Road Trip: Arcade Edition - PS2 - Preview
E3 2002 - Hands-on Preview
Conspiracy Entertainment has a way with combining solid gameplay, plenty of eye candy, and creative and fun elements into one title. Their latest racer, the cartoony Road Trip, is no exception and should provide hours of entertainment for the younger audience. Heck, at 26 years old, even I want a copy of this game.
The first thing you’ll notice about Road Trip is the graphics. The cartoonish quality gives Conspiracy the license to include just about anything they want without fear of sacrificing realism. Each car is stylish, colorful, and, well, adorable. These aren’t cars the Andretti family would tear up a course with, but rather vehicles Roger Rabbit would die for. Complementing the cars are courses in all kinds of settings from snowy mountaintops to arid deserts, each detailed with their own unique scenery.
Road Trip, thankfully not based on the Tom Green flick of the same name, is a blend of racing, RPG, and adventures genres where mini-quests need to be solved, cars need to be upgraded, and locals (cars) need to be talked to. The racing aspect of the game features several races, each with different courses and landscapes. Winning races yields cash prizes, which can be used to upgrade your car, like an RPG. Engines can be replaced, tires can be swapped, and paint jobs can be altered. This customizing is a major selling point of the game. Create a dragster or a mini-van, the choice is up to you. The enormous map (and I mean enormous!) takes racers all over the world with mini-quests to conquer. Cars talk to each other as adventurers would in standard adventure games, yielding information vital to success.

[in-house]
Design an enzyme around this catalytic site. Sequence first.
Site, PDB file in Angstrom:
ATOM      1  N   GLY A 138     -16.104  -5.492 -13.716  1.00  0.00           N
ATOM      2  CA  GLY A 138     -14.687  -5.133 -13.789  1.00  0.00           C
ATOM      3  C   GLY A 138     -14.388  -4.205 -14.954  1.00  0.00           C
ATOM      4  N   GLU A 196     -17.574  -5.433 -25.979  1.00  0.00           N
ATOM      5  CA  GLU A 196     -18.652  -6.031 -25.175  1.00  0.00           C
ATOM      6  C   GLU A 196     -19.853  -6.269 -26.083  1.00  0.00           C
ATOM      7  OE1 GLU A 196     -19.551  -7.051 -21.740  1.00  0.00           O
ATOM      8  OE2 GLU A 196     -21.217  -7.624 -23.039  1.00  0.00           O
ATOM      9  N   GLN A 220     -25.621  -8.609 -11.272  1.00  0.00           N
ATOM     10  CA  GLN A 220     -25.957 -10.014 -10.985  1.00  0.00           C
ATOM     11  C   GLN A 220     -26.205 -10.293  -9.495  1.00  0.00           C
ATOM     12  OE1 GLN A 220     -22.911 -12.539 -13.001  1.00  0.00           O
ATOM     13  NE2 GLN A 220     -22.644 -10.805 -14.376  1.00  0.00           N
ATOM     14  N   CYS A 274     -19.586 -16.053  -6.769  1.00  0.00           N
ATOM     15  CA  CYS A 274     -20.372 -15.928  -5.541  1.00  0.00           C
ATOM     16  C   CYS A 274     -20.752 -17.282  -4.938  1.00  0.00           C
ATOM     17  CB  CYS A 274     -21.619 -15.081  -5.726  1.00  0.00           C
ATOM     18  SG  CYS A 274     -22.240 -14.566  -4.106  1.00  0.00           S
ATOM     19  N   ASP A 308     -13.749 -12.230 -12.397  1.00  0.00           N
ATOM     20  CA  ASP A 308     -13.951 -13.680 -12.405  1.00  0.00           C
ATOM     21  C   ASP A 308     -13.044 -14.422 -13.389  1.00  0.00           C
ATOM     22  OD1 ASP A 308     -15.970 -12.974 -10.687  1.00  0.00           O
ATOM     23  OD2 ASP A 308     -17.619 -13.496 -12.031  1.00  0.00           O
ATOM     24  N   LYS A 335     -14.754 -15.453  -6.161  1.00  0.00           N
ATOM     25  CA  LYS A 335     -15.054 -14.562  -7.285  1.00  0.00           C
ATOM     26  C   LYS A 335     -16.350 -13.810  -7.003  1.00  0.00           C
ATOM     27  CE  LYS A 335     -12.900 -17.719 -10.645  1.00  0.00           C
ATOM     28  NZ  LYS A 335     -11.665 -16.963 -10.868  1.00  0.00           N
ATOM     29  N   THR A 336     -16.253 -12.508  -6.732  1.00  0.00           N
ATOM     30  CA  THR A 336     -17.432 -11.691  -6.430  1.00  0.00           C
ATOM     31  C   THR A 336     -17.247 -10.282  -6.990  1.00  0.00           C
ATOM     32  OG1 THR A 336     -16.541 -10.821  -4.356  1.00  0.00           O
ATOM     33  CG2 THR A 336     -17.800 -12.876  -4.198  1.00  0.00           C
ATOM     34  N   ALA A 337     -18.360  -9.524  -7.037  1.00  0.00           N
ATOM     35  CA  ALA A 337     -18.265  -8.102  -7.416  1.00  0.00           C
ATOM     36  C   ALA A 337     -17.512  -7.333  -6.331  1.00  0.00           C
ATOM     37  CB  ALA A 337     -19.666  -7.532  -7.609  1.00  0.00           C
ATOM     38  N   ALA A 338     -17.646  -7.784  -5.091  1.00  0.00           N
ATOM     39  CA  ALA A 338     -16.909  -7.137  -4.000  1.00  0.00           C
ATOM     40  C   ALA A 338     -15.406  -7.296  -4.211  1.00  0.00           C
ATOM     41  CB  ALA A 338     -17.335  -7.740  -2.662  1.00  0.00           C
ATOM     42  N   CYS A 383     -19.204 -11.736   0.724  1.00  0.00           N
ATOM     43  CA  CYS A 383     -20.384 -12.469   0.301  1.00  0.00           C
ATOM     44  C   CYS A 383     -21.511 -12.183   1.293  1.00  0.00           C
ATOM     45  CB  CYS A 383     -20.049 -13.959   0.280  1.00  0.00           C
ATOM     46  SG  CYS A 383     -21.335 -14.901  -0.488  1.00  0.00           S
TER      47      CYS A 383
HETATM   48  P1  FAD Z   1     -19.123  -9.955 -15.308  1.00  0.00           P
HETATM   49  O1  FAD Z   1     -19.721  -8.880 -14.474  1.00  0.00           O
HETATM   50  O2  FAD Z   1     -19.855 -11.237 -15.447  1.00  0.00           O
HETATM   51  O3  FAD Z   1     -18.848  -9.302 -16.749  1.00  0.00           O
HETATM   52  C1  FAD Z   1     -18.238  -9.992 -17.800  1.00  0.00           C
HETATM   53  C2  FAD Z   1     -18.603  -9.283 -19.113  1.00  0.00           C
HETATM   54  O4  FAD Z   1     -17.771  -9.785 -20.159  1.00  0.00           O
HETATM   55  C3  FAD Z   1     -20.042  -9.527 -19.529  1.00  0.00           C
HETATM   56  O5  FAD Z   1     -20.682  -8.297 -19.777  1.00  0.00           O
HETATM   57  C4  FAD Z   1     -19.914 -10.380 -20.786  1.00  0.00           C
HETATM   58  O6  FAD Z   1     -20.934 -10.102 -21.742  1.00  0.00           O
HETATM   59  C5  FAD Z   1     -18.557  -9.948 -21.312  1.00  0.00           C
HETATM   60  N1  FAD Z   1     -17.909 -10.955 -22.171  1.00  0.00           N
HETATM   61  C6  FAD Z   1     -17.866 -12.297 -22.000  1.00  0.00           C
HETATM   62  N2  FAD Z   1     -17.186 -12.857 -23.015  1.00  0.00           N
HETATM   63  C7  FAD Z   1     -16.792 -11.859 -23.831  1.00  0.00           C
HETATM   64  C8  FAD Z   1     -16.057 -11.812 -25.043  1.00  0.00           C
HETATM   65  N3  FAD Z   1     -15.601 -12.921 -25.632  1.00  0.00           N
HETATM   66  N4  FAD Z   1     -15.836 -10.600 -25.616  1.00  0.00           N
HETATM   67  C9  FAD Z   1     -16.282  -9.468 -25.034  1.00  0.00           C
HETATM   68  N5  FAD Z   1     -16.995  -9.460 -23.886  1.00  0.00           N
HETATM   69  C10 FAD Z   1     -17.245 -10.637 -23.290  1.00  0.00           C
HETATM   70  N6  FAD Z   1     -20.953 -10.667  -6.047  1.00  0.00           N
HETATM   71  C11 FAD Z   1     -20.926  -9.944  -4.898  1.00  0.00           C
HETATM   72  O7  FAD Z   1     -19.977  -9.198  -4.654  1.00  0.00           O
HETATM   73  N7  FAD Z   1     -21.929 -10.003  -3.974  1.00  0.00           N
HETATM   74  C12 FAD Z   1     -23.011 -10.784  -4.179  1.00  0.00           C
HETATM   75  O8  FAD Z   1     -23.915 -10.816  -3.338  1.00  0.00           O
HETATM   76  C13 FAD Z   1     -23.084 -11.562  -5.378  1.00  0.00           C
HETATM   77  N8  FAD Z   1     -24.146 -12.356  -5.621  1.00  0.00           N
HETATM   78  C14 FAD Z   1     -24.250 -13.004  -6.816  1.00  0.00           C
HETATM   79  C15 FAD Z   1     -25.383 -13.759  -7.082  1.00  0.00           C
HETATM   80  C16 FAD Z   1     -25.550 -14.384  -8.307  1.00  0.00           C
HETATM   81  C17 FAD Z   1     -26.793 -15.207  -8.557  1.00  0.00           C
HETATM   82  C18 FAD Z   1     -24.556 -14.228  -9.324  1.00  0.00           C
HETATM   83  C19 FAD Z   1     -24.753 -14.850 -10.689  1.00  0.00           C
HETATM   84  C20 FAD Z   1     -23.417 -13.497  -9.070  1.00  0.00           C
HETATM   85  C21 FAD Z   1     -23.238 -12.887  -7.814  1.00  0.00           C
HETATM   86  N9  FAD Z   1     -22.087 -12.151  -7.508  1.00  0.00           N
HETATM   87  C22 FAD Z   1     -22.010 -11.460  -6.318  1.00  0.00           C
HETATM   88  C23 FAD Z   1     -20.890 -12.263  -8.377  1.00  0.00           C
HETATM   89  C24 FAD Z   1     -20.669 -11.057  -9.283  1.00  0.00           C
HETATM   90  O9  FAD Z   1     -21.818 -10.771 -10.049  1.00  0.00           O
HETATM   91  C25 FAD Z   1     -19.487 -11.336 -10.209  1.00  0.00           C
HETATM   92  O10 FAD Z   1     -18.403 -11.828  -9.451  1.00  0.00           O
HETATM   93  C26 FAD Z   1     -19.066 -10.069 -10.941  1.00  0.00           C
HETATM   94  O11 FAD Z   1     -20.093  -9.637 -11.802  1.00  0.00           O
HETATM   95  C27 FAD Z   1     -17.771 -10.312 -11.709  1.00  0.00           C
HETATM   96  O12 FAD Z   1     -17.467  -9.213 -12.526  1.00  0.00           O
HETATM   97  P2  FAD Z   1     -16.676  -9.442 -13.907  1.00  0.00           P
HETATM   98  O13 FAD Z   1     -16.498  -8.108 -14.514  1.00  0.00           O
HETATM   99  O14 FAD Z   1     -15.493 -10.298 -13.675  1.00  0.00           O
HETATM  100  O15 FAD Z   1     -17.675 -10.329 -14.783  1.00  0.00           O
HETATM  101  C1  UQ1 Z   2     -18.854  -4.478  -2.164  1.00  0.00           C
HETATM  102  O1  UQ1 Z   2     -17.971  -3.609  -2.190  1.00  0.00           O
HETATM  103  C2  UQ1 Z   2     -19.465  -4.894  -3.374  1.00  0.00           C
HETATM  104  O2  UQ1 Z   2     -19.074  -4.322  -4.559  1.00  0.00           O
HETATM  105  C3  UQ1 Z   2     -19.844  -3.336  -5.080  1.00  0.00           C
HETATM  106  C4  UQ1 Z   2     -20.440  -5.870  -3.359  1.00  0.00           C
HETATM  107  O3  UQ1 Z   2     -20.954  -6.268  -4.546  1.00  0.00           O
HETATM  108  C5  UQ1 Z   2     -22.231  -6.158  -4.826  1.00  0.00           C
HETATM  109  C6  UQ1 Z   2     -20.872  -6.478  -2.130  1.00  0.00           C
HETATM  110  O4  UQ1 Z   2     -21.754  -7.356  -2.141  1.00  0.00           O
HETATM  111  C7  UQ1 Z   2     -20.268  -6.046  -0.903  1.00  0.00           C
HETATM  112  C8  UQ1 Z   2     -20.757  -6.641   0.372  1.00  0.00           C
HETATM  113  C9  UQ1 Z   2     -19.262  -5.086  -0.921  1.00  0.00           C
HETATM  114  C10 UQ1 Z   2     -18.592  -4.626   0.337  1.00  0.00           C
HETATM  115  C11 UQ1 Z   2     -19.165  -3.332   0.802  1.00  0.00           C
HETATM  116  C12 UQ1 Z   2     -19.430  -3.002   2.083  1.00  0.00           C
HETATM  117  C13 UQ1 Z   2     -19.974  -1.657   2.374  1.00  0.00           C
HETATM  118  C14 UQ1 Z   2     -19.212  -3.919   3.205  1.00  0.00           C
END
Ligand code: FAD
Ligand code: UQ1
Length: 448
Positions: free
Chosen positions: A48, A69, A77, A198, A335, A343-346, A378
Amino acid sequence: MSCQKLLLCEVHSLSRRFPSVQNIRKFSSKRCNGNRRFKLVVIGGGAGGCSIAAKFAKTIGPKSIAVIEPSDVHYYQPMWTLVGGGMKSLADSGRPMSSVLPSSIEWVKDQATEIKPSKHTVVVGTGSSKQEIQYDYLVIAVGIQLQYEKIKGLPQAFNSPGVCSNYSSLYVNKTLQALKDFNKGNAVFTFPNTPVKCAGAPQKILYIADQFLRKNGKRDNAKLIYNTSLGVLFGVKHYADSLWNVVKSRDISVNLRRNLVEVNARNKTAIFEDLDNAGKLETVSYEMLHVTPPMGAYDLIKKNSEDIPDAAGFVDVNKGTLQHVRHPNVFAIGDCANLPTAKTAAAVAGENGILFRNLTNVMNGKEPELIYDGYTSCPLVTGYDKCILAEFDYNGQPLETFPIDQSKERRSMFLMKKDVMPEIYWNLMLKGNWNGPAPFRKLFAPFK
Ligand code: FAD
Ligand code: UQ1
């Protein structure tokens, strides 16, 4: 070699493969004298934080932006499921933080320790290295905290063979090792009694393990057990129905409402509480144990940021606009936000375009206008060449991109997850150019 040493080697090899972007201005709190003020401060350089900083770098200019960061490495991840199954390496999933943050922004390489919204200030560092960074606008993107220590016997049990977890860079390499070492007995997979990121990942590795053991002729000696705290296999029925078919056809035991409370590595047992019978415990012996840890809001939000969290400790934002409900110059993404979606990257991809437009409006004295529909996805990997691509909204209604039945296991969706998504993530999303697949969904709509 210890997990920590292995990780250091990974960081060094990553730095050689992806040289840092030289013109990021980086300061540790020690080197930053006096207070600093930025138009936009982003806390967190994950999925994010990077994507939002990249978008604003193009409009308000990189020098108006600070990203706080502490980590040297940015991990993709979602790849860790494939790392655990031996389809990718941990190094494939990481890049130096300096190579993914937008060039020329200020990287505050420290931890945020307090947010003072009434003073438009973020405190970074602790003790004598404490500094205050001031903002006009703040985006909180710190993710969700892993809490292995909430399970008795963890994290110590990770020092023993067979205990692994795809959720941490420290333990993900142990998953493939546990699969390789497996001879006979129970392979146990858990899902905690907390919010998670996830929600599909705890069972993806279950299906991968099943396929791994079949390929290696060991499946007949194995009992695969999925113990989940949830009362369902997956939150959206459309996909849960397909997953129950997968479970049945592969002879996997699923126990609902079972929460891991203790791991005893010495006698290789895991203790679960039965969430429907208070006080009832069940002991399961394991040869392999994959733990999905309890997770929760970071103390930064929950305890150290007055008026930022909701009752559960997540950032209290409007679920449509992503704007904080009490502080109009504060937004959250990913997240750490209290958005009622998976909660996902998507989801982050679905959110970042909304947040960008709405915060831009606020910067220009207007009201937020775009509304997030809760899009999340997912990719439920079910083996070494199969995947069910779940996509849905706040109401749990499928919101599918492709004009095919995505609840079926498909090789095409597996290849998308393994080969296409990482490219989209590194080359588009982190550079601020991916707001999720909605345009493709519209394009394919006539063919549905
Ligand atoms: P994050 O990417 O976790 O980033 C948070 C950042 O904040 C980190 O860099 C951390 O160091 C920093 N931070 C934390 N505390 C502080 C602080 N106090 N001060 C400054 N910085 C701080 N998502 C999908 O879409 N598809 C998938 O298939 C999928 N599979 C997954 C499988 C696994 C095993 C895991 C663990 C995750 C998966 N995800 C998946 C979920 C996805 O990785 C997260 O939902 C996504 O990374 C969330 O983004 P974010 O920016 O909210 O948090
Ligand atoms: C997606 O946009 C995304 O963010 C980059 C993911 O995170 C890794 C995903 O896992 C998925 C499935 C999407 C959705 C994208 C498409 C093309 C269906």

There are plenty of extras in the game as well. For the kid in all of us, more than 100 stamps are collectable, and are all viewable in a handy-dandy stamp book. See something you like? Take a snapshot and collect those as well. Need extra cash? Have a company put an advertisement on your car and be a traveling billboard! But the coolest extra has to be the mini-games included. Cars can join a soccer game, playing on a lush green field in a colossal stadium and moving the ball with their fenders. Cars can also try their luck with a game of roulette, where they are the ball spinning their way to cool, hard cash.
Road Trip, developed by Takara and published by Conspiracy Entertainment, should be available in July for the Playstation 2.